Sunday, February 7, 2010
I was determined to stay sober no matter what. I remember sitting in my house and being afraid to move. I was having visions of getting up and going to the bathroom and cutting my wrists.
I sat for hours and cried. I wanted out! I didn't want to try anymore. Trying had become the blueprint for another round of well almost, but not quite, so now what?
I cursed God, Science Of Mind, and AA. I had had my belly full of make believe recovery. I was not in recovery. I was in rock bottom survival mode.
Death seemed a reasonable solution at the time, but part of me was unwilling to travel that path, sheerly on the outside chance
I would fail, and feel like a bigger fool. I didn't want to die as much as I wanted to live in a life that didn't hurt so much.
I tried to reason that the previous year had been worthwhile, and that what I had really wanted, was for it, or something like it, to continue moving forward.
It was the juggernaut of constant collapse that was making me crazy. It was the end of the thing, not the thing itself. Too many, whom I knew, were situated in a way as to not have to deal with the issues of such basic survival day to day.
They were well above that line in their ongoing pursuit of a happy, joyous, and free life of sobriety. I, on the other hand was seemingly condemned to scrambling for my daily bread over and over again.
This was the cavernous separation between myself and those around me. I thought I might be better off on skid row rather than where I was. If I were around others, I thought, who were constantly up against it, I might not feel so worthless and out of place.
As I sat alone, grinding through my misery, I stumbled on a process of psychology that may have literally saved my life at the time.
Rather than entertaining thoughts of my own death, I proposed to entertain the demise of others. I'm sure this sounds completely irrational to most, but back then, it had the power to flip the coin, as it were, in my favor.
"Fuck em!" I thought, I was tired of killing myself because I'd tried to do the right thing. I had not been so wrong about my choices as to deserve punishment for making them.
OK! I was going down the tubes again, but not because I hadn't done my job, but because I'd refused to play the Goddamned game. I'd honored my word and fulfilled my obligation to write songs and get them recorded. I was paid to do that, and did it.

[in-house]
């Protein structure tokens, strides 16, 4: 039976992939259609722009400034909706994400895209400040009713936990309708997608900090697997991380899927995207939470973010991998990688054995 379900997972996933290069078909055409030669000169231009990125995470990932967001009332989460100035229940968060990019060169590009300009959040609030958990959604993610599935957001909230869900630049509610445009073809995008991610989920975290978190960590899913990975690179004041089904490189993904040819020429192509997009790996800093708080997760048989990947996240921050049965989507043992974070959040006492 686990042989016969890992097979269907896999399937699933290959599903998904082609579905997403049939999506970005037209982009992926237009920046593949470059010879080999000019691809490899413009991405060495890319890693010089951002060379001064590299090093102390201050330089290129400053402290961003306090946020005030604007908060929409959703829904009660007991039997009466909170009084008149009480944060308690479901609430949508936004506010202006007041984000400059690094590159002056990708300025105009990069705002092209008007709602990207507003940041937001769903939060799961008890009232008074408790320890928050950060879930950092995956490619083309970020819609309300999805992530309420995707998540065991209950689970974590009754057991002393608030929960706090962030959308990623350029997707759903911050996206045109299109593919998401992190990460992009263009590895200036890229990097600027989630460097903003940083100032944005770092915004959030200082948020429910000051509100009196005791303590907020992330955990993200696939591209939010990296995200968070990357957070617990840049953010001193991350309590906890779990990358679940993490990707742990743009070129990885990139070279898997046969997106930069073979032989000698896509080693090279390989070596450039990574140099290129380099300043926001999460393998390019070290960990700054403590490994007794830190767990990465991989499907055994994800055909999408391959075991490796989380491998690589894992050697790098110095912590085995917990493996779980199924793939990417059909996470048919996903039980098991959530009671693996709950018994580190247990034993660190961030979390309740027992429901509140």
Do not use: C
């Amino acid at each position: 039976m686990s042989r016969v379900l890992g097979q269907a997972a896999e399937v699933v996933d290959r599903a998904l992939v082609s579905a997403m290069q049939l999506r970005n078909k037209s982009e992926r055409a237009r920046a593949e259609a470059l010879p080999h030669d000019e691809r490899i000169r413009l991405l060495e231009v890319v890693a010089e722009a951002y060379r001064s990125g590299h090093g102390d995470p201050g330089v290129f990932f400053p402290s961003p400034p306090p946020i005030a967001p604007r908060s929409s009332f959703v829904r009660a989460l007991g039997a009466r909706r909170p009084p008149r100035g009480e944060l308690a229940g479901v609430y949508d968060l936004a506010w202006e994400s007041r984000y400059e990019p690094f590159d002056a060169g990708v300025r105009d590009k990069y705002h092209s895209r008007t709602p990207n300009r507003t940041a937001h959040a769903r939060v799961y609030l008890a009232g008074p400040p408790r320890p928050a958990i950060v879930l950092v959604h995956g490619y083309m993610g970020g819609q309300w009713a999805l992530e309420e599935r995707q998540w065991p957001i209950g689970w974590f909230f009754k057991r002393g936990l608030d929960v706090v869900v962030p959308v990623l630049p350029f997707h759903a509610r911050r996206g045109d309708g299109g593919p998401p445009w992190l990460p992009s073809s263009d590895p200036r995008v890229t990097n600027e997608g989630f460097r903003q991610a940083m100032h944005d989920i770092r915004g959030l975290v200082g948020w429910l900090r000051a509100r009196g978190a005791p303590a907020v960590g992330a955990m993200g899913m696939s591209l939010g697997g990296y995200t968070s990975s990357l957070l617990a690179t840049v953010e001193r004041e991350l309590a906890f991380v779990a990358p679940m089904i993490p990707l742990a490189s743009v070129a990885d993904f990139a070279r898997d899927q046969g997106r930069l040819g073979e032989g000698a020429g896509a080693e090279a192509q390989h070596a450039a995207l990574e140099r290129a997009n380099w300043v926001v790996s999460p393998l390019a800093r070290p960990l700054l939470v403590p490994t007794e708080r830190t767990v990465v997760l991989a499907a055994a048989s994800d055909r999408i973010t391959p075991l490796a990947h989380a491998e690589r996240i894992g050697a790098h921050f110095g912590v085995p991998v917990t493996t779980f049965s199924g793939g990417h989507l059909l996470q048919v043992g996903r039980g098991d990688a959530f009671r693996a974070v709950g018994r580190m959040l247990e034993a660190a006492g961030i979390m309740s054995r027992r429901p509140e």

The real problem was the God forsaken music business mentality of little pricks in offices, trying to control what others created. I'd pissed off the controllers again, the money men.
I had always pissed them off, because they were ruthless little tyrants with no talent. They bought and sold people's work and dreams, and I had pissed them off again. I figured my wrath ought to be directed at them rather than at myself.
I looked back over my own history. I'd always come up with the goods. No matter what was going on, I'd always done my job. There was a laundry list of records to prove that point. But in every case I'd trusted someone who wasn't trustworthy.
It had been the basis for each successive failure in my life. Whether it was Tony Alamo, Andrew Oldham, Randy Wood, Steve Clark, or Dennis and George, there had always been that moment of trust, and the final realization that they were not trustworthy.
The problem was, that by the time I came to that realization, I was already standing in the ruins of another bad decision. They, the collective they had my work, while I was sent packing.
Without exception that had been the repetitive reality of my life from 1963 to 1981. I had nothing to show for my work other than the work itself, and the rights to that work had been claimed by others, or was involved in the process of being claimed by others.
This recognition, on that dismal day in 1981 was the beginning of my fight for ownership of, and payment for my work from 1964 forward. I had kept the rights to the RCA songs, and the songs and masters of the Dennis and George deal... so there was the beginning.
I vowed that I would not die until I made good on that promise. I vowed that one way or another I would own what I created, and that every penny owed to me would be paid.
I was going to clean up the wreckage of my past. Somehow... Someday... No matter how long it took, or how hard it was to accomplish.